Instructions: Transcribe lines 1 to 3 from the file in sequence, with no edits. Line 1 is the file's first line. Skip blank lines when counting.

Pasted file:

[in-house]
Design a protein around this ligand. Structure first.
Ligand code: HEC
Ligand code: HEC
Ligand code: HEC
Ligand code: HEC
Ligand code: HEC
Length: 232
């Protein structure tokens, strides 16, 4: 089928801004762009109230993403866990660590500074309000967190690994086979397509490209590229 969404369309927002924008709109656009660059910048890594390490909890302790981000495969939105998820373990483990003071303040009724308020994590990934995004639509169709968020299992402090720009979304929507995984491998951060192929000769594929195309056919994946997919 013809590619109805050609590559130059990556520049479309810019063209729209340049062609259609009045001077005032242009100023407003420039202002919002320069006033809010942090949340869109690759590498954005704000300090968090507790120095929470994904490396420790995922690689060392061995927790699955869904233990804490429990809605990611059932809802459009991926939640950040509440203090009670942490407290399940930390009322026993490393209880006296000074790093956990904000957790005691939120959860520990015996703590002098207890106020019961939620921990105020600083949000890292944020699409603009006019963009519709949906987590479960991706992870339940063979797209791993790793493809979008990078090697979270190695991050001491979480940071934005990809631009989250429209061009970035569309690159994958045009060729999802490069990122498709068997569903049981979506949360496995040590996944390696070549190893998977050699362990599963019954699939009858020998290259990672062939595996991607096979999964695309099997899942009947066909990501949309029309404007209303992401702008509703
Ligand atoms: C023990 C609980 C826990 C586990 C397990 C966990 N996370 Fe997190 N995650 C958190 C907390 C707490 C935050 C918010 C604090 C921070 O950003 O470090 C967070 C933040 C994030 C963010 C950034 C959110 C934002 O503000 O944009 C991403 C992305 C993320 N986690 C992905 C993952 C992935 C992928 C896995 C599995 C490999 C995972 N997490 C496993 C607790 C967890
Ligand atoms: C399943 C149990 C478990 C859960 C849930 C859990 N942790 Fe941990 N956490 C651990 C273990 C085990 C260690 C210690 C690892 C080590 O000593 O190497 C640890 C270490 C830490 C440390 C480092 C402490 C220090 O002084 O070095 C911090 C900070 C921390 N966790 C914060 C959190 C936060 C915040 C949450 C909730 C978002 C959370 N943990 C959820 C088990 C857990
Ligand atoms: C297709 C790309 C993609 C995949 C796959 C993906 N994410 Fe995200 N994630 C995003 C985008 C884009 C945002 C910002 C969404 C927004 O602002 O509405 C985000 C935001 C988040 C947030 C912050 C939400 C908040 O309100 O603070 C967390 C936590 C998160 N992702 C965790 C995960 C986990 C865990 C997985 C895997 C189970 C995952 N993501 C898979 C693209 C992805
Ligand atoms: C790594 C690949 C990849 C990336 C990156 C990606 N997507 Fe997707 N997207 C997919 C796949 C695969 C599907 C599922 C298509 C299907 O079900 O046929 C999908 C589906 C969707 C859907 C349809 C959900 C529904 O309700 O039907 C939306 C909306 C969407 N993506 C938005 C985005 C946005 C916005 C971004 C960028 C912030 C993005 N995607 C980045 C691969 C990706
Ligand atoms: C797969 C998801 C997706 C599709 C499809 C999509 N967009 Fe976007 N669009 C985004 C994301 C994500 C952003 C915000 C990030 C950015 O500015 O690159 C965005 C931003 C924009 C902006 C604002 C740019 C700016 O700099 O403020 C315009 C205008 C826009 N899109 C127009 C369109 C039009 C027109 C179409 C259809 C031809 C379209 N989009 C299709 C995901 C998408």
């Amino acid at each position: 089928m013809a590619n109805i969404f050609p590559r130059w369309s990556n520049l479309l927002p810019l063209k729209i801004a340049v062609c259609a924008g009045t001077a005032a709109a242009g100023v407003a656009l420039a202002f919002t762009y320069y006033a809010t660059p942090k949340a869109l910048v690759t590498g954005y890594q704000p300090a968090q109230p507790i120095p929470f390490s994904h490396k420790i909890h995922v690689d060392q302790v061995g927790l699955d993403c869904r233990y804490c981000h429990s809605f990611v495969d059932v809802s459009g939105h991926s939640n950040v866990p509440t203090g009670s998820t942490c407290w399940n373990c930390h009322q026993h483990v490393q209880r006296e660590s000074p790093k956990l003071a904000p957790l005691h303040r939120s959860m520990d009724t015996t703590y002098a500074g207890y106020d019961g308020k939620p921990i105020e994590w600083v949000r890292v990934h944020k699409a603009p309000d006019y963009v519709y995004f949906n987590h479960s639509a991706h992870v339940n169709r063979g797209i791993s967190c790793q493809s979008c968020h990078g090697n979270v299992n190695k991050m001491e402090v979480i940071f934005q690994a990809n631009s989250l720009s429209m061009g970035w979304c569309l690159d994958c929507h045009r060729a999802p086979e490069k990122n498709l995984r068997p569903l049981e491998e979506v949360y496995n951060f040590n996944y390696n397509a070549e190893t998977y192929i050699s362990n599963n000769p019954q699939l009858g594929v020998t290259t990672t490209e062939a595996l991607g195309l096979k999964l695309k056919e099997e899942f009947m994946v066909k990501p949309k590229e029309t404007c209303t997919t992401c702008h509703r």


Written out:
[in-house]
Design a protein around this ligand. Structure first.
Ligand code: HEC